Working Off the Clock: What You Need to Know
How to prevent off-the-clock work
Be clear about expectations and policy for off-the-clock work for non-exempt employees. Have an understanding about who the eager workers are that may take it upon themselves to work off the clock and make sure they understand these guidelines.
From a management point of view, be strict about task times and employee lunch breaks and establish transparent written training policies. Monitor work activities and inform managers and supervisors about off-the-clock work.
Employer guidelines need to be clear and provide specific examples of violations to prevent misunderstandings.
Employers need to establish a concrete method of clocking in and out to ensure it's not abused or amendable and to control overtime.
Limiting access to technology is crucial to ensure employees work when they are scheduled to be on the clock. With the emergence of laptops and smartphones, employers also know employees are reachable virtually anywhere.
If an after-hours work policy is not created by the employer, supervisors may leave the impression it's expected.
During economic downturns, it's not uncommon for employees to believe off-the-clock work is an expectation unless told otherwise. Employees can face discipline for this voluntary, unauthorized overtime.
Here’s how you can prevent off-the-clock work:
1) Outline expectations for tracking hours
Make it clear that you expect employees to record all hours worked. Explain how they’re supposed to track their time and mention examples of work not permitted, such as:
Checking work emails from home
Returning work-related calls after the end of their shift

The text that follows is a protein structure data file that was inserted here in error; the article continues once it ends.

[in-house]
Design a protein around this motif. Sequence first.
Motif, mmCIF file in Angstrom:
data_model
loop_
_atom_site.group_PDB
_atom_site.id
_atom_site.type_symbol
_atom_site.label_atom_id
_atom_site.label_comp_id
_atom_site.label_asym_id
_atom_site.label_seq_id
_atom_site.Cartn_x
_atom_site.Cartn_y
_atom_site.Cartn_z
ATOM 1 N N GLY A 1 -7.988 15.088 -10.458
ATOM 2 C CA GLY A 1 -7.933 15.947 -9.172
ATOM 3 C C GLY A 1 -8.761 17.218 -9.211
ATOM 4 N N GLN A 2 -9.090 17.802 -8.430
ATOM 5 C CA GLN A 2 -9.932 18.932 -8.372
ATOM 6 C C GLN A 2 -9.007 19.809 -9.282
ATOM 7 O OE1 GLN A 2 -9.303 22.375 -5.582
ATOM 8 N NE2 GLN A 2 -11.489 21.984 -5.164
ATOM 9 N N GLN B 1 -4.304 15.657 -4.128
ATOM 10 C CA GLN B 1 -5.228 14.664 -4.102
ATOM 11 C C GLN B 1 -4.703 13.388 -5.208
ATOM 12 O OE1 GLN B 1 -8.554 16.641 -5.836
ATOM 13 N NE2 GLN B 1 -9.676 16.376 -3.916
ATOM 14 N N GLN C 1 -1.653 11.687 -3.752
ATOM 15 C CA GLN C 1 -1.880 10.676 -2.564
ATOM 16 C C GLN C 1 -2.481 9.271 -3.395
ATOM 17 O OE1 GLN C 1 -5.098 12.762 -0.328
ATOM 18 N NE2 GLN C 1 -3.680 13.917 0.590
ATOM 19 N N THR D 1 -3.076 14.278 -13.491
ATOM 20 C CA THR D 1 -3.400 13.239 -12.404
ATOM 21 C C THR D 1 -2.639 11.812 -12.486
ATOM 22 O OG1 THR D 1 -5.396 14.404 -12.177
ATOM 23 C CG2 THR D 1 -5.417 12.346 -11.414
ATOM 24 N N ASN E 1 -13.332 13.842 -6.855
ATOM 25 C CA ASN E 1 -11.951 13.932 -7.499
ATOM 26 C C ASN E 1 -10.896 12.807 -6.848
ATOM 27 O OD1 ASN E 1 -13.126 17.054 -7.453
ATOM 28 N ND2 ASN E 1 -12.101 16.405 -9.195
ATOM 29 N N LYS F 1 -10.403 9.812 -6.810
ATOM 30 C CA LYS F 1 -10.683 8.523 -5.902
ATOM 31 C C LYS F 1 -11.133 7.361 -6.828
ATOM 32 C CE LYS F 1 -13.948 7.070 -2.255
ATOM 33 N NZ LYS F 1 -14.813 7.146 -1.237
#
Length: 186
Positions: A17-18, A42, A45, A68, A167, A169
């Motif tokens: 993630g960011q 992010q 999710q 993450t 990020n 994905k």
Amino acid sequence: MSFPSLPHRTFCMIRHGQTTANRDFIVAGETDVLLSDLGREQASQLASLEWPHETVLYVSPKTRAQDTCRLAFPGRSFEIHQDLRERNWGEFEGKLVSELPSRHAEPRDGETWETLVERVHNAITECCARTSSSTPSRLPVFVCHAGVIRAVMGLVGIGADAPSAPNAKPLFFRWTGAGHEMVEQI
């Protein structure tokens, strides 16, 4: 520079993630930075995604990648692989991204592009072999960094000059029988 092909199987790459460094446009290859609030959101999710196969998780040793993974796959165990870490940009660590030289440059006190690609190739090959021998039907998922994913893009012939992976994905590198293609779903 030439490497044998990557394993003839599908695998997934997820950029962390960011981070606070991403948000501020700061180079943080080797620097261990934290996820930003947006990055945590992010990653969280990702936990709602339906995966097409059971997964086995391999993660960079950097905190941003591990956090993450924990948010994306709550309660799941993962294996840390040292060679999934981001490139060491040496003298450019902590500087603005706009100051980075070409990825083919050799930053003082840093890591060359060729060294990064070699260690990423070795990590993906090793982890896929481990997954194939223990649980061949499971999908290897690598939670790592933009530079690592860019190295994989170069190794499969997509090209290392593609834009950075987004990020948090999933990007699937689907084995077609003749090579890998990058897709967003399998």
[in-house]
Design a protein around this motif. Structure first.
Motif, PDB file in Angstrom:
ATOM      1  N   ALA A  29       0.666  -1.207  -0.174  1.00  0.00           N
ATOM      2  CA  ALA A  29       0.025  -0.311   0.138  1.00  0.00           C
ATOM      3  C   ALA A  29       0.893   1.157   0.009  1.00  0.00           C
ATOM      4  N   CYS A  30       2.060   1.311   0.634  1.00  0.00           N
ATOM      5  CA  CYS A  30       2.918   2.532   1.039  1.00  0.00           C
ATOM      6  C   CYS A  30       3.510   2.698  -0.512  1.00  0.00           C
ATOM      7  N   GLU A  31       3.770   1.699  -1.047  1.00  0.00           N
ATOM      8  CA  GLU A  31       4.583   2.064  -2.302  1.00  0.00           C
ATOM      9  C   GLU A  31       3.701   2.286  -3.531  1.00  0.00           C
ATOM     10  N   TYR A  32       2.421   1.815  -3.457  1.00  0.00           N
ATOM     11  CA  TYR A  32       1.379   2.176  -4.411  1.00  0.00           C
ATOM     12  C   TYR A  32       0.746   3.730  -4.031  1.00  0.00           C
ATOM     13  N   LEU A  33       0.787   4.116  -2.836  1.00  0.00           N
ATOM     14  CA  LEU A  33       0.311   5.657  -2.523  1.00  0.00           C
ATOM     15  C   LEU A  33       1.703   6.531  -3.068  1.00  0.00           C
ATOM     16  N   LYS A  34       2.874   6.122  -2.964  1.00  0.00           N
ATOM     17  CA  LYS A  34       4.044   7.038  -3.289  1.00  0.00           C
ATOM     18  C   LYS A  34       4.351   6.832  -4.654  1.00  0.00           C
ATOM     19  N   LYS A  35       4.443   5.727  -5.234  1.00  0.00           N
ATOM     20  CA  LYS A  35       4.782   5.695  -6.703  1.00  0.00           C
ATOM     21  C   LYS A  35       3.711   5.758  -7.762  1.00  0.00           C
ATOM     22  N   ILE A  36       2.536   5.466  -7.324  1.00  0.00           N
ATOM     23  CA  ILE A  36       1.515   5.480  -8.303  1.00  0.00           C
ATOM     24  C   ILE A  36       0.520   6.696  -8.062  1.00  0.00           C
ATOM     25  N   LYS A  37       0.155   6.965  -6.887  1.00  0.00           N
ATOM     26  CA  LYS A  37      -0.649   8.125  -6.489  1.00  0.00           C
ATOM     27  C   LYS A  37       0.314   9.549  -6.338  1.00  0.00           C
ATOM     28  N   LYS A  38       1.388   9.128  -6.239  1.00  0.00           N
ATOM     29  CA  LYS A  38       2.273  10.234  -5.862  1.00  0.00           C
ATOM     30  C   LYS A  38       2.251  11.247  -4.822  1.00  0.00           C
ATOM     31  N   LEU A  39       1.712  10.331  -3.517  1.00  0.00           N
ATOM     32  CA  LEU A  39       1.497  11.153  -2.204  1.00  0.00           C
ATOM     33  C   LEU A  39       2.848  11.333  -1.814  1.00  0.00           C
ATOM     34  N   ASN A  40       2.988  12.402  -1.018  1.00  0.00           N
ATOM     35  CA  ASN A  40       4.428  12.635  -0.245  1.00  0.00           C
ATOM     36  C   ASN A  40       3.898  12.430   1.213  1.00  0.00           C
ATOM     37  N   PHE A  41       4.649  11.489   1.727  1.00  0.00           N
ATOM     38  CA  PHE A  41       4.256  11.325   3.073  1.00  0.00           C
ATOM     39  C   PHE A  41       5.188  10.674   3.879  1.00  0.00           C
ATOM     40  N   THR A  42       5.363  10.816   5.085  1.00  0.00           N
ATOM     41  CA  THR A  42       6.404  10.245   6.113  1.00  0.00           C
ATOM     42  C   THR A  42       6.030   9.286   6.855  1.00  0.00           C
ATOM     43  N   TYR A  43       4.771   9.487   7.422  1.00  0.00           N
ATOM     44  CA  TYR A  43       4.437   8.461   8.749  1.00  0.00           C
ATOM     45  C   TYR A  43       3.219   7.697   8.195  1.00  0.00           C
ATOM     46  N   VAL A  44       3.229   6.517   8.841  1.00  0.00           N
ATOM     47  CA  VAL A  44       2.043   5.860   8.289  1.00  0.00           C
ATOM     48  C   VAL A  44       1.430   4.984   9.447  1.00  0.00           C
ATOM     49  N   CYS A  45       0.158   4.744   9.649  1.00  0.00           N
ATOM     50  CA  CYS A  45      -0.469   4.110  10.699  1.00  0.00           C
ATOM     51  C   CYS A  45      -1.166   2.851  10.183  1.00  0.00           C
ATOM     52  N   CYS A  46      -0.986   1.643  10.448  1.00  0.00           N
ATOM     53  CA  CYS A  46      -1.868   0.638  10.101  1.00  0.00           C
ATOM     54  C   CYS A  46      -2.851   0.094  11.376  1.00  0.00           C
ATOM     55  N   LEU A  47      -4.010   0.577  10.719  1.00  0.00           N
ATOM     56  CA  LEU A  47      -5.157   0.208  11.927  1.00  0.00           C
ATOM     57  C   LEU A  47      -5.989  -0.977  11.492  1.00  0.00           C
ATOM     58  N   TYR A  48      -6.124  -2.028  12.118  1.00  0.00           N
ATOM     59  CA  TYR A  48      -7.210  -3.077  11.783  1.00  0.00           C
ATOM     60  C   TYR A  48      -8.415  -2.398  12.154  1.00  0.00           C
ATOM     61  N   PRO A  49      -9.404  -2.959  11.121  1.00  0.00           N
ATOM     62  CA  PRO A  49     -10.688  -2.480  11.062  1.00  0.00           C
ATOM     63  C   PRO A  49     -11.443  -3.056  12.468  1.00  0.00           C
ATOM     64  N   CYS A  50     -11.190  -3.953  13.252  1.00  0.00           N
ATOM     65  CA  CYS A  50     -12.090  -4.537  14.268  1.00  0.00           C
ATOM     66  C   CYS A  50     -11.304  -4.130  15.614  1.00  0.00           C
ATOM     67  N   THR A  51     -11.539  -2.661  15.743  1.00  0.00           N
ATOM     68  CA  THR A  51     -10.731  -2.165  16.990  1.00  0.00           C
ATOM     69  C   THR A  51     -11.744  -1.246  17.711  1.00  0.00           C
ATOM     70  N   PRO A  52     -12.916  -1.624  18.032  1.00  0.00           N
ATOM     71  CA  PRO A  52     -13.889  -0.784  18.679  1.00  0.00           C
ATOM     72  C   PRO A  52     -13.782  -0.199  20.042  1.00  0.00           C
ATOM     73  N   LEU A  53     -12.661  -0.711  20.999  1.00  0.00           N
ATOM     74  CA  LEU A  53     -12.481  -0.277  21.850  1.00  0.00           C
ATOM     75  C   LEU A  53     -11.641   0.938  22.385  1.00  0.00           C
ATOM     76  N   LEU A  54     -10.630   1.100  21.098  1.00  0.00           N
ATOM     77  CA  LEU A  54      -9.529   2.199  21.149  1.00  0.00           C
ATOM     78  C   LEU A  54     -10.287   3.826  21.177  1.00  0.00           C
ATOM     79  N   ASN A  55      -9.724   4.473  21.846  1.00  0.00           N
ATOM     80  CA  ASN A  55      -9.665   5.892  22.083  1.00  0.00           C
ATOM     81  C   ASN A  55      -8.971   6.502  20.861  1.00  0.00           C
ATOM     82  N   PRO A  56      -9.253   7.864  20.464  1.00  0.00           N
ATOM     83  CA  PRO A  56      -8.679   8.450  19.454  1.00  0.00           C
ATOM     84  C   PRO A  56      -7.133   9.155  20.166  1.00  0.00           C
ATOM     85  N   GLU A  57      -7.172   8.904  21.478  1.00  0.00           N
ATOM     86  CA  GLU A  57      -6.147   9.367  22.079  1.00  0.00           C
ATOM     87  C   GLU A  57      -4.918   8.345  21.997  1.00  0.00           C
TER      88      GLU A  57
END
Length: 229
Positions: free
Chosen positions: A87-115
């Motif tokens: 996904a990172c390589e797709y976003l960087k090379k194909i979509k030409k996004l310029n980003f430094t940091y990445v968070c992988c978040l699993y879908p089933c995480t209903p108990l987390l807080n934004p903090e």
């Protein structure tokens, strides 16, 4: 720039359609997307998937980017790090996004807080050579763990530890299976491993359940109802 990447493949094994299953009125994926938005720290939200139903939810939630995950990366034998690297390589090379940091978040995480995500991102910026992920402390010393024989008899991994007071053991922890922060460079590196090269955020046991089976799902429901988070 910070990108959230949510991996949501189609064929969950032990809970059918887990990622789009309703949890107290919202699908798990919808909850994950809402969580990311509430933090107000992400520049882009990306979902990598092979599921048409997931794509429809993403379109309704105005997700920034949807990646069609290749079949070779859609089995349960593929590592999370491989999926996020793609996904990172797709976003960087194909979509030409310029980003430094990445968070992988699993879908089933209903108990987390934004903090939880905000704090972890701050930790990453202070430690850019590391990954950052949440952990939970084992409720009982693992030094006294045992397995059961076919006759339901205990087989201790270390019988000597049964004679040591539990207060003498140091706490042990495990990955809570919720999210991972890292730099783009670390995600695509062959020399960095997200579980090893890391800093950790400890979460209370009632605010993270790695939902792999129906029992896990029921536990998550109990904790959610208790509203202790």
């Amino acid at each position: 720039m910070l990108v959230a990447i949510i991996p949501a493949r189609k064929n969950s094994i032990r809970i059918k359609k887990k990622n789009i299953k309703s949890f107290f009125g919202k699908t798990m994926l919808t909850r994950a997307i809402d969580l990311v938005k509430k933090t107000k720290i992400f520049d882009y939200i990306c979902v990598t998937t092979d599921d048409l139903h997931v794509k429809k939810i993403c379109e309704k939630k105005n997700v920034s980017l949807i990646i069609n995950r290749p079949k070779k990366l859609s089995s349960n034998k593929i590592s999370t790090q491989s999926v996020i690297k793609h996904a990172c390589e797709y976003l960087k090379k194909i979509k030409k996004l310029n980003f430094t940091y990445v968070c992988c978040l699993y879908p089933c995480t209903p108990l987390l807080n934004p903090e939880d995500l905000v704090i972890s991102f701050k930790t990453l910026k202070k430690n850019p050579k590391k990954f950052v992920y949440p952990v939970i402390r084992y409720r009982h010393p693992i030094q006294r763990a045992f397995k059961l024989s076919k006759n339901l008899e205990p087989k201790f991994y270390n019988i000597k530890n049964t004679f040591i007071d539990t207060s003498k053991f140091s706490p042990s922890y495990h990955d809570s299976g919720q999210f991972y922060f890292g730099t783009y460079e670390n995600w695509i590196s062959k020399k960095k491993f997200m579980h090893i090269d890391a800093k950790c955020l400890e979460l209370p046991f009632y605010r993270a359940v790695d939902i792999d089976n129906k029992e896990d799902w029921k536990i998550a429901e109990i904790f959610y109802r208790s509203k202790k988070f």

Staying in the office after work hours to finish a task
Working throughout their lunch break
2) Create an overtime policy
Creating an overtime policy will ensure your entire team is aware of the company’s overtime rules. It will help to protect both the company and its employees.
Your overtime policy should include the following information:
Scope – Explain who the policy applies to and whether management staff is entitled to overtime benefits.
The procedure for requesting overtime – How should employees request overtime? Who is responsible for approving overtime requests?
Compensation – How will employees be compensated for overtime? When will they receive their overtime pay?
Type of overtime – Will you be offering mandatory or optional overtime? Will overtime be limited or prohibited completely?
Limits – It’s also good to set a limit on the amount of overtime employees can work (e.g., not allowing employees that work for eight hours a day to work more than four hours of overtime per week).
3) Train managers
Training managers and supervisors is crucial for preventing off-the-clock work. You need to help them understand what counts as off-the-clock work and explain the repercussions of allowing such work to happen.
Additionally, you should require managers to authorize overtime and report any unauthorized overtime immediately.
If you’re already experiencing problems with overtime work, managers should pay special attention to balancing workloads properly so that team members can complete all tasks during work hours.
Also, keep in mind that while managers are usually exempt from overtime pay, just having the job title of manager is not enough for gaining exempt status. For example, in California, for an employee to be classified as a manager, their primary job duties need to include: